F-Secure Online Scanner. <- Follow the directions on the F-Secure page for proper Installation. (also checks for rootkits) (Vista compatible)
ESET Nod32 Online Scanner <- Vista compatible but Internet Explorer must be Run as Administrator.
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#6 narcispy

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Posted 30 January 2008 - 08:31 AM

I didn't try in safemode but I ran NOD32 last night it found some of them and removed them. I thought it was gone but then early this morning symantec came up with about 60 matches of the virus and constantly growing every second, basically running my cpu up to 100%.

#7 quietman7

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Posted 30 January 2008 - 09:00 AM

Go ahead and scan in safe mode. The Windows operating system protects files when they are being accessed by an application or a program. Malware writers create programs that can insert itself and hide in these protected areas when the files are being used. Using "Safe Mode" reduces the number of modules requesting files to only the essentials to make your computer functional. This in turn reduces the number of hiding places for malware, making it easier to find and delete the offending files when performing scans with anti-virus and anti-malware tools.
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#8 narcispy

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Posted 31 January 2008 - 07:59 AM

Okay cus I know I did a safe mode scan with my symantec endpoint. I'll do the NOD safe mode scan tonight and see if it grabs anything.

#9 quietman7

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Posted 31 January 2008 - 10:00 AM

Ok. Let me know the results.
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#10 narcispy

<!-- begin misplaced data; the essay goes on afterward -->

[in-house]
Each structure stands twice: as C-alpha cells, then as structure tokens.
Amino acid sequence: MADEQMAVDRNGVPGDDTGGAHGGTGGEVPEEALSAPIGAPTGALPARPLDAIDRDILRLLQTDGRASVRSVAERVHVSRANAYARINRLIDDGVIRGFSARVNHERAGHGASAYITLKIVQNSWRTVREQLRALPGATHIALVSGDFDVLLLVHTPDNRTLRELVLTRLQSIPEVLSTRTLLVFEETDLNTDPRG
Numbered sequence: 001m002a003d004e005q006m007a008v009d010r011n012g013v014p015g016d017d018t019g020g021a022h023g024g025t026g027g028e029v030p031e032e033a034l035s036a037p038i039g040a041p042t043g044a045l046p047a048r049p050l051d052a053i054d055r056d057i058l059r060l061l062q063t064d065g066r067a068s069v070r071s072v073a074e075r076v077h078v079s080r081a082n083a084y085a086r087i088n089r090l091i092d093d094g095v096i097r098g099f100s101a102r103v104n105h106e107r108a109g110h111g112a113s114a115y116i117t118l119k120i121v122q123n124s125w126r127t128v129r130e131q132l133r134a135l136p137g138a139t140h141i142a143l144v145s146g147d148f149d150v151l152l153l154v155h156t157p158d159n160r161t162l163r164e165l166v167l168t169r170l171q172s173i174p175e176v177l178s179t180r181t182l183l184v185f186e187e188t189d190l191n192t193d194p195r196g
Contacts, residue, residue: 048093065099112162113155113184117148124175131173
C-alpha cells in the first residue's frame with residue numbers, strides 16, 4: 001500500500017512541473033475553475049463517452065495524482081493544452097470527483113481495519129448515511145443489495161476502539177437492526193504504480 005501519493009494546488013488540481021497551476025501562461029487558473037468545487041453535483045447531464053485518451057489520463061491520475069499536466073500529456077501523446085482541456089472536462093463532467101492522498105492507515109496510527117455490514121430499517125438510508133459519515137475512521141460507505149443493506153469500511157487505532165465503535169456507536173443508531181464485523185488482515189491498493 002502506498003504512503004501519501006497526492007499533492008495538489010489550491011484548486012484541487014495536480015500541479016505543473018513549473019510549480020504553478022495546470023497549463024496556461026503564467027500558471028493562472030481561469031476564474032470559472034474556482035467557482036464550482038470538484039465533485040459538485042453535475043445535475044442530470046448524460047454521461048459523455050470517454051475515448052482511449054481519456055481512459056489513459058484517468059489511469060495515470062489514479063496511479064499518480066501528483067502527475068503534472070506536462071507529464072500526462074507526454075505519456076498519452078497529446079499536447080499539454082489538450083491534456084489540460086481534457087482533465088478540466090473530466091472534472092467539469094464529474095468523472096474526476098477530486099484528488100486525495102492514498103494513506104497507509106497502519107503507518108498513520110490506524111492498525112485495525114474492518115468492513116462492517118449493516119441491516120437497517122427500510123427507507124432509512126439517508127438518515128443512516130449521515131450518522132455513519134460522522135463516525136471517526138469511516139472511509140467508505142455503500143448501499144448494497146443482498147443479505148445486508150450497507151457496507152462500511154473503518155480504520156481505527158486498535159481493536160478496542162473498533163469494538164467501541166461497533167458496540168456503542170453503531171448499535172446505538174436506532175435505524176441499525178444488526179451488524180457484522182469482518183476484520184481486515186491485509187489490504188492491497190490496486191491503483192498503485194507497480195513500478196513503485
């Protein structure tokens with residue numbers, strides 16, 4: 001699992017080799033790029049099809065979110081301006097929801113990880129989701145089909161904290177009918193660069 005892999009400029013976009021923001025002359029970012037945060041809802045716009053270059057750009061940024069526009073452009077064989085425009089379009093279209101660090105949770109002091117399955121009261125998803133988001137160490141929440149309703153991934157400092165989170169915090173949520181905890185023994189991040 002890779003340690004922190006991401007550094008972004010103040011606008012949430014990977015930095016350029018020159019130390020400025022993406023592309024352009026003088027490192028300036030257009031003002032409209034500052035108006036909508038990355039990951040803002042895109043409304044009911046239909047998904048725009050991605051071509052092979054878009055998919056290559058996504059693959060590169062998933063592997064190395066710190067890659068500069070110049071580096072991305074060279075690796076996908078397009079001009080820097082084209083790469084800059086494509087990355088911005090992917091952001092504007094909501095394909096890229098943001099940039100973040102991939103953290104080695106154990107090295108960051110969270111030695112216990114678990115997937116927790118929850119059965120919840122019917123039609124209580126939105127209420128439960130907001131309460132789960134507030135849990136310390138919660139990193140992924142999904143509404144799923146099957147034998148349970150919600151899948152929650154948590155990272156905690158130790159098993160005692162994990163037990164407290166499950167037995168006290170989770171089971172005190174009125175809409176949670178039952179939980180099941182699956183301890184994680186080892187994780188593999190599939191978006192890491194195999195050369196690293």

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Posted 04 February 2008 - 06:41 PM

Alright about time I replied right? I got a chance to do it over the weekend and it detected like 3,000 some instances of this virus which was all the .tmp files it was making in that directory, it deleted them all. I haven't seen symantec pop up about any new ones but I think I'm gonna go ahead and buy NOD32 anyways I like that program better than symantec, less system resources too. Still leary about this virus though I hope it got rid of all of it.

#11 quietman7

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Posted 05 February 2008 - 07:48 AM

I'm gonna go ahead and buy NOD32 anyways I like that program better than symantec, less system resources too

Good decision. That's why I use NOD32 myself.

If there are no more problems or signs of infection, you should Create a New Restore Point to prevent possible reinfection from an old one. Some of the malware you picked up could have been saved in System Restore. Since this is a protected directory your tools cannot access to delete these files, they sometimes can reinfect your system if you accidentally use an old restore point. Setting a new restore point AFTER cleaning your system will help prevent this and enable your computer to "roll-back" to a clean working state.

The easiest and safest way to do this is:
  • Go to Start > Programs > Accessories > System Tools and click "System Restore".
  • Choose the radio button marked "Create a Restore Point" on the first screen then click "Next". Give the R.P. a name, then click "Create". The new point will be stamped with the current date and time. Keep a log of this so you can find it easily should you need to use System Restore.
  • Then use Disk Cleanup to remove all but the most recently created Restore Point.
  • Go to Start > Run and type: Cleanmgr
  • Click "Ok".
  • Click the "More Options" Tab.
  • Click "Clean Up" in the System Restore section to remove all previous restore points except the newly created one.